Alligator (1980)

“So bad it’s good.” The minor movie Alligator carves out meeting point between excellence and incompetence, between cliché and surprise, between humor and terror, and, above all, between seriousness and satire.

“Bad” movies are usually boring. In Mystery Science Theater 3000, the sarcastic observers might say coaxingly during a dull moment of exposition, “Here, movie, movie, c’mon, here, movie.”

In Alligator the action is relentless, hurtling along at a pace comparable to the latest installment of the Fast and Furious franchise. Along the way, the corner of every oh-so-predictable plot point is turned smoothly. Each detail is ridiculous — this is a movie called Alligator, after all — but the tension holds because everyone plays it straight.

I stumbled across this gem reading the obits of Robert Forster. Forster offers a perfect assemblage of every “lone cop on mission” trope imaginable: driven, haunted, tough, persecuted, heroic, sexy, smart, strong, vulnerable. (However, a recurring joke about Forster’s male-pattern baldness could only be from this movie.)  The side characters are also worthy clichés, especially the pompous big game hunter and the motor mouth mother. It’s all one big cliché, yet somehow it is also fresh, partly because director Lewis Teague choses to make his topic “the movies” as much as “the story,” standing heroically somewhere between David Lynch and Quentin Tarantino — although Teague has, of course, a tiny budget and a plot that can be summed up in block print on the back of matchbook. One might have expected Teague to apportion most of that small budget for the lurking menace in the sewer, but he opted instead for several vivid sequences of automobile destruction, another odd choice (like the male pattern-baldness) that works surprisingly well.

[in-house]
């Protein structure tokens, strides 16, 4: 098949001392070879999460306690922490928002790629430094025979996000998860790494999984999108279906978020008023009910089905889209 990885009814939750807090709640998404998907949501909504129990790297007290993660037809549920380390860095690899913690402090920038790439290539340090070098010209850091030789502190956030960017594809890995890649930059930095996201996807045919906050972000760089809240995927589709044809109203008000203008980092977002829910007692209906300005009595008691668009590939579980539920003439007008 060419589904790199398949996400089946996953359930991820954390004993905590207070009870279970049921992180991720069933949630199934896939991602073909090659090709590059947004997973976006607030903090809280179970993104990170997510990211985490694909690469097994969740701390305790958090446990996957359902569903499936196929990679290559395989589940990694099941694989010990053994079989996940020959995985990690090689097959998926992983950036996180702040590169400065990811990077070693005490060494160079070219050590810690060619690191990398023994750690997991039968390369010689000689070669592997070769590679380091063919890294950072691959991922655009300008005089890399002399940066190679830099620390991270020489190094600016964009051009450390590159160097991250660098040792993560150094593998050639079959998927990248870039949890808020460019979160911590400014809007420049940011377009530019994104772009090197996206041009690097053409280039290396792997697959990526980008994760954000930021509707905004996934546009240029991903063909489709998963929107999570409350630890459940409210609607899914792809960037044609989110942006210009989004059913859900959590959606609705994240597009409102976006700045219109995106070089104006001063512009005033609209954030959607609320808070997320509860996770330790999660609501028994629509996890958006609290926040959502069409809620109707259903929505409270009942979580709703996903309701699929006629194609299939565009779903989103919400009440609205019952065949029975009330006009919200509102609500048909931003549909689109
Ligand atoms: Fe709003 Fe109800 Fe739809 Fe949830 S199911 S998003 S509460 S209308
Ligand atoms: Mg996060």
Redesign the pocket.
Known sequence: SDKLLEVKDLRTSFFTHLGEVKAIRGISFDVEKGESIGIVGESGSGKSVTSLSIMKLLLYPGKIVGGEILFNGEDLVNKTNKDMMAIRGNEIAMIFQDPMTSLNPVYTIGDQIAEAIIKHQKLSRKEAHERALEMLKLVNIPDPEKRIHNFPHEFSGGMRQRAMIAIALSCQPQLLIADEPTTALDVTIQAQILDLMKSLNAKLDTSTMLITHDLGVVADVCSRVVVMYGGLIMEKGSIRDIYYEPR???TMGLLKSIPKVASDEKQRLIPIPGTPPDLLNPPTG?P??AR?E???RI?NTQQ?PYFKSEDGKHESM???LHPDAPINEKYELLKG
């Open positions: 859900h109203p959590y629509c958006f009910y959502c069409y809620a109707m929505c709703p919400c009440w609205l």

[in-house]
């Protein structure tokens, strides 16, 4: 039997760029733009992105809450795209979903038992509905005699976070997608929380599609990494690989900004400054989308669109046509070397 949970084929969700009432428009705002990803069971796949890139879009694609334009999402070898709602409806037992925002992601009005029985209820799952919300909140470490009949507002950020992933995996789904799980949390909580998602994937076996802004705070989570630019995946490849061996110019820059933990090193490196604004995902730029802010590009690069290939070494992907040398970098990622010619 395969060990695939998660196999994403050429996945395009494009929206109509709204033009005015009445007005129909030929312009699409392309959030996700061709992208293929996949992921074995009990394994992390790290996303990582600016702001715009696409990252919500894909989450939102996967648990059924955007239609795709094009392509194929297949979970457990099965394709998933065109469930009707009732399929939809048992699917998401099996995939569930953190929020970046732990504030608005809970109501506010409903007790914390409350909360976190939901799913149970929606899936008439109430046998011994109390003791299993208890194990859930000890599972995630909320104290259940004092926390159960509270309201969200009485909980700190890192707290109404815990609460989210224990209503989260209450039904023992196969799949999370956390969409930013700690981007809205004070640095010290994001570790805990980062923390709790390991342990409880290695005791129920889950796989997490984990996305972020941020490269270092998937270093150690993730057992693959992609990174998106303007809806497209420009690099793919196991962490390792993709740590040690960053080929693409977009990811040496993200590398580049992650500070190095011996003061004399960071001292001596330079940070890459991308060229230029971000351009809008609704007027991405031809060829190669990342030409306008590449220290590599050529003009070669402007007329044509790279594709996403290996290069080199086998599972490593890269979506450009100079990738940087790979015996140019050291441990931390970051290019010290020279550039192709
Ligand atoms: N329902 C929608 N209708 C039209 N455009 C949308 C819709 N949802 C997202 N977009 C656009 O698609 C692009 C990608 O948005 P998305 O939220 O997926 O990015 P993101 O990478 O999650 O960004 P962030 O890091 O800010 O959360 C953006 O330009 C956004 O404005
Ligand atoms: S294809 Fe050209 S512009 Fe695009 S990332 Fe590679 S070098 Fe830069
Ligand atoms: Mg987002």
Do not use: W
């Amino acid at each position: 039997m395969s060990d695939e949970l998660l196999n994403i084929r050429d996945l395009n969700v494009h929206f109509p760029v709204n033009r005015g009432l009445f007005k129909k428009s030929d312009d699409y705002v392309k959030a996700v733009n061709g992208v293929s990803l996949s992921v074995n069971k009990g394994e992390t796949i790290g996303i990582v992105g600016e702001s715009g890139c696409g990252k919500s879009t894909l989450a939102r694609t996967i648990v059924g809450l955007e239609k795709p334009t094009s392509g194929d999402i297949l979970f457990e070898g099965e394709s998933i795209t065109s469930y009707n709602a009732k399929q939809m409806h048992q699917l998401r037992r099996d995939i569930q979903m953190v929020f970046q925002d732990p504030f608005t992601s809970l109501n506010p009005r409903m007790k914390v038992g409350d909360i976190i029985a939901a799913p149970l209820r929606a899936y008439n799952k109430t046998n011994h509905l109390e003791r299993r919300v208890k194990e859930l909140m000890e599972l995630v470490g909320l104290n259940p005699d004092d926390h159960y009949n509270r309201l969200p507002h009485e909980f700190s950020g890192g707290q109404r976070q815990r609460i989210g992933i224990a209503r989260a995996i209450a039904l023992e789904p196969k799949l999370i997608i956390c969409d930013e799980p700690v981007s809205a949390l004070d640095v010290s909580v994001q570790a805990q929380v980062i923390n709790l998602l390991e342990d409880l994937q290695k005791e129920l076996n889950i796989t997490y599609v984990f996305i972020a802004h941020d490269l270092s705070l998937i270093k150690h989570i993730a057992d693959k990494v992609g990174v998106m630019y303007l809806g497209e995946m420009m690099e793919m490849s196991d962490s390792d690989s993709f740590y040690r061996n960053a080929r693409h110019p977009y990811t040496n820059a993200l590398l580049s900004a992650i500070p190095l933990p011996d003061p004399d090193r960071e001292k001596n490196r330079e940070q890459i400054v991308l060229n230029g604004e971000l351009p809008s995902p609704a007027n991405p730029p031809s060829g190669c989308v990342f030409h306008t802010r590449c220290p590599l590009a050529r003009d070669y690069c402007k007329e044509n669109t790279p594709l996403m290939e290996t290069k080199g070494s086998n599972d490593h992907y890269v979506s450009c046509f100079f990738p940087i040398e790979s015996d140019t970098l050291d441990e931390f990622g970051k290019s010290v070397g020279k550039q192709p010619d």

The script is by John Sayles, and this may be where the magic really lives. I can just see Sayles at his writing desk, screaming with laughter while half-conceiving, half-remembering one overly-familiar line of dialogue after another. Yet Sayles also somehow delivers something in the larger frame, with subtly shocking examples of animal exploitation by a pharmaceutical company and an amazing sequence where buskers are selling every kind of toy alligator to spectators gawking at violent aftermath. When the monster turns on its creator in the final act, it is very satisfying.   “So bad it’s good.”  Yeah. One of kind! I’m so glad to have finally caught up with Alligator.

Music trivia: The score of Alligator is by Craig Hundley (later Craig Huxley). The Craig Hundley Trio was a minor sensation in 1968 thanks to the young age of the musicians pictured on the cover (Hundley was 14). I’ve seen this LP many times over the years in used record stores and had assumed that the musical content of the tween Hundley was not standing the test of time, but the internet informs me that legendary producer J Dilla used at least two samples from the Hundley Trio in his work.